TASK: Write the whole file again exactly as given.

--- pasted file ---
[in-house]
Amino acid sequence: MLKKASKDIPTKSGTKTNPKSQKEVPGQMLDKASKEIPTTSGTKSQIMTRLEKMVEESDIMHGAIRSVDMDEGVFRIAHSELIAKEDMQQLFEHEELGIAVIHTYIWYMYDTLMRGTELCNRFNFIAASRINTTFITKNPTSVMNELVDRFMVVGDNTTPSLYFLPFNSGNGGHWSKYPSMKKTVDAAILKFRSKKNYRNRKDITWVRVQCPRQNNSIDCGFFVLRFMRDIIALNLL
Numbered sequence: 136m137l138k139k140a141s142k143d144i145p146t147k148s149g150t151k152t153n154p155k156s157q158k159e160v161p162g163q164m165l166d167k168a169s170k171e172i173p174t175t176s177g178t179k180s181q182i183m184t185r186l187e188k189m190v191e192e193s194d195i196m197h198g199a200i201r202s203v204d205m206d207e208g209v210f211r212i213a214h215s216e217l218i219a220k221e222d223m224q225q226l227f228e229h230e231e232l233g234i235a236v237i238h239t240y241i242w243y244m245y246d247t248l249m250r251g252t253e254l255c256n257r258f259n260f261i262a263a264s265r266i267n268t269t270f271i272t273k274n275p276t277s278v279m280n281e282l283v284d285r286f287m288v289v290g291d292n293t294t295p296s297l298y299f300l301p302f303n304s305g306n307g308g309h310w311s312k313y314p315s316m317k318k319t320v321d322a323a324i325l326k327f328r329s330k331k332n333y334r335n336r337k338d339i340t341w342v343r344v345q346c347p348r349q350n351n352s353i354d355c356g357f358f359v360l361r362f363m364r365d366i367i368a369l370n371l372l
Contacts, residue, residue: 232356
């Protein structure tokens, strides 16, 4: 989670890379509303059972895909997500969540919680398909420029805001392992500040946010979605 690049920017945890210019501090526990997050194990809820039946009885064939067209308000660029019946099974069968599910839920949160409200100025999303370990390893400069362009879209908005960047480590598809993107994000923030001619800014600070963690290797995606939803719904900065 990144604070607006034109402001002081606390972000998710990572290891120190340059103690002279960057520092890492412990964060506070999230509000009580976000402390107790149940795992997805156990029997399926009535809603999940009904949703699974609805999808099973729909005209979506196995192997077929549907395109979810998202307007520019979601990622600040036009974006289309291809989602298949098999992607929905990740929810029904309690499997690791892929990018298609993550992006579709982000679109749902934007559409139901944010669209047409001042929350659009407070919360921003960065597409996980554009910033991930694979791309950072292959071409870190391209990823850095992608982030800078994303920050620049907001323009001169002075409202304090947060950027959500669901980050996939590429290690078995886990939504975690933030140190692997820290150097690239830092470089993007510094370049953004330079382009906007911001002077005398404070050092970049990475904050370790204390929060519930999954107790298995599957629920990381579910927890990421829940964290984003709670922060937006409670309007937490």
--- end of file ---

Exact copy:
[in-house]
Amino acid sequence: MLKKASKDIPTKSGTKTNPKSQKEVPGQMLDKASKEIPTTSGTKSQIMTRLEKMVEESDIMHGAIRSVDMDEGVFRIAHSELIAKEDMQQLFEHEELGIAVIHTYIWYMYDTLMRGTELCNRFNFIAASRINTTFITKNPTSVMNELVDRFMVVGDNTTPSLYFLPFNSGNGGHWSKYPSMKKTVDAAILKFRSKKNYRNRKDITWVRVQCPRQNNSIDCGFFVLRFMRDIIALNLL
Numbered sequence: 136m137l138k139k140a141s142k143d144i145p146t147k148s149g150t151k152t153n154p155k156s157q158k159e160v161p162g163q164m165l166d167k168a169s170k171e172i173p174t175t176s177g178t179k180s181q182i183m184t185r186l187e188k189m190v191e192e193s194d195i196m197h198g199a200i201r202s203v204d205m206d207e208g209v210f211r212i213a214h215s216e217l218i219a220k221e222d223m224q225q226l227f228e229h230e231e232l233g234i235a236v237i238h239t240y241i242w243y244m245y246d247t248l249m250r251g252t253e254l255c256n257r258f259n260f261i262a263a264s265r266i267n268t269t270f271i272t273k274n275p276t277s278v279m280n281e282l283v284d285r286f287m288v289v290g291d292n293t294t295p296s297l298y299f300l301p302f303n304s305g306n307g308g309h310w311s312k313y314p315s316m317k318k319t320v321d322a323a324i325l326k327f328r329s330k331k332n333y334r335n336r337k338d339i340t341w342v343r344v345q346c347p348r349q350n351n352s353i354d355c356g357f358f359v360l361r362f363m364r365d366i367i368a369l370n371l372l
Contacts, residue, residue: 232356
């Protein structure tokens, strides 16, 4: 989670890379509303059972895909997500969540919680398909420029805001392992500040946010979605 690049920017945890210019501090526990997050194990809820039946009885064939067209308000660029019946099974069968599910839920949160409200100025999303370990390893400069362009879209908005960047480590598809993107994000923030001619800014600070963690290797995606939803719904900065 990144604070607006034109402001002081606390972000998710990572290891120190340059103690002279960057520092890492412990964060506070999230509000009580976000402390107790149940795992997805156990029997399926009535809603999940009904949703699974609805999808099973729909005209979506196995192997077929549907395109979810998202307007520019979601990622600040036009974006289309291809989602298949098999992607929905990740929810029904309690499997690791892929990018298609993550992006579709982000679109749902934007559409139901944010669209047409001042929350659009407070919360921003960065597409996980554009910033991930694979791309950072292959071409870190391209990823850095992608982030800078994303920050620049907001323009001169002075409202304090947060950027959500669901980050996939590429290690078995886990939504975690933030140190692997820290150097690239830092470089993007510094370049953004330079382009906007911001002077005398404070050092970049990475904050370790204390929060519930999954107790298995599957629920990381579910927890990421829940964290984003709670922060937006409670309007937490």